HARARE -- The Zimbabwean government has finished drafting new mining regulations that among other things seek to compel both foreign and local mining houses to fund development projects in the local communities where they operate.
The Mines and Minerals Act Amendment Bill which has been on the cards for the past seven years comes in the wake of a government drive to force foreign owned mining firms to sell controlling stake to black Zimbabweans as a part of a controversial scheme to indigenise the economy.
Secretary for mines Thankful Musukutwa at the weekend said the government was looking to submit the Bill “soon” to all stakeholders for further consultation.
“The Attorney General’s office has completed drafting the Bill, we should have the Bill so that we submit it to mining stakeholders for corrections and consultations,” he said, adding that delays in finalising the bill had been because of bureaucratic red tape.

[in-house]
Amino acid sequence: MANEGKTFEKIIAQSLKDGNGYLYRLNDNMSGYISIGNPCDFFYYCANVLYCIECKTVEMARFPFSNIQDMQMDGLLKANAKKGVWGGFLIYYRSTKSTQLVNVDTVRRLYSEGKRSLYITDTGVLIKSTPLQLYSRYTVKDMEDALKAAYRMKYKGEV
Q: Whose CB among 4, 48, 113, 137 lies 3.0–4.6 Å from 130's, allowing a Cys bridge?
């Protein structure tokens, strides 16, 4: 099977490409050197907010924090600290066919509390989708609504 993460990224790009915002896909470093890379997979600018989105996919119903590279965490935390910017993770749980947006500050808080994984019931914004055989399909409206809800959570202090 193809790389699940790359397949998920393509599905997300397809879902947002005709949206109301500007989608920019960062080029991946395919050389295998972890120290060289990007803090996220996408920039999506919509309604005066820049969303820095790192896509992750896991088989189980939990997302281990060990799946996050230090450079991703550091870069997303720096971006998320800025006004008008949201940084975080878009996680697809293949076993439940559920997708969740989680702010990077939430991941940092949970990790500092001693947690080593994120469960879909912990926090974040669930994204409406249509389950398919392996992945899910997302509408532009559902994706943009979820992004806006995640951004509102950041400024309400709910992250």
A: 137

The proposed new law will compound uncertainty in Zimbabwe’s mining industry, thrown into turmoil when the government in March announced that it was fast tracking indigenisation of the mining sector and gave foreign-owned mining firms up to mid-May to submit details of how they plan to transfer 51 percent stakes to locals by next September.
Firms that fail to disclose to Indigenisation Minister Saviour Kasukuwere their share-transfer plans within the stipulated period face prosecution, according to the regulations that have cast a dark shadow over the lucrative mining sector, while splitting the unity government of President Robert Mugabe and Prime Minister Morgan Tsvangirai.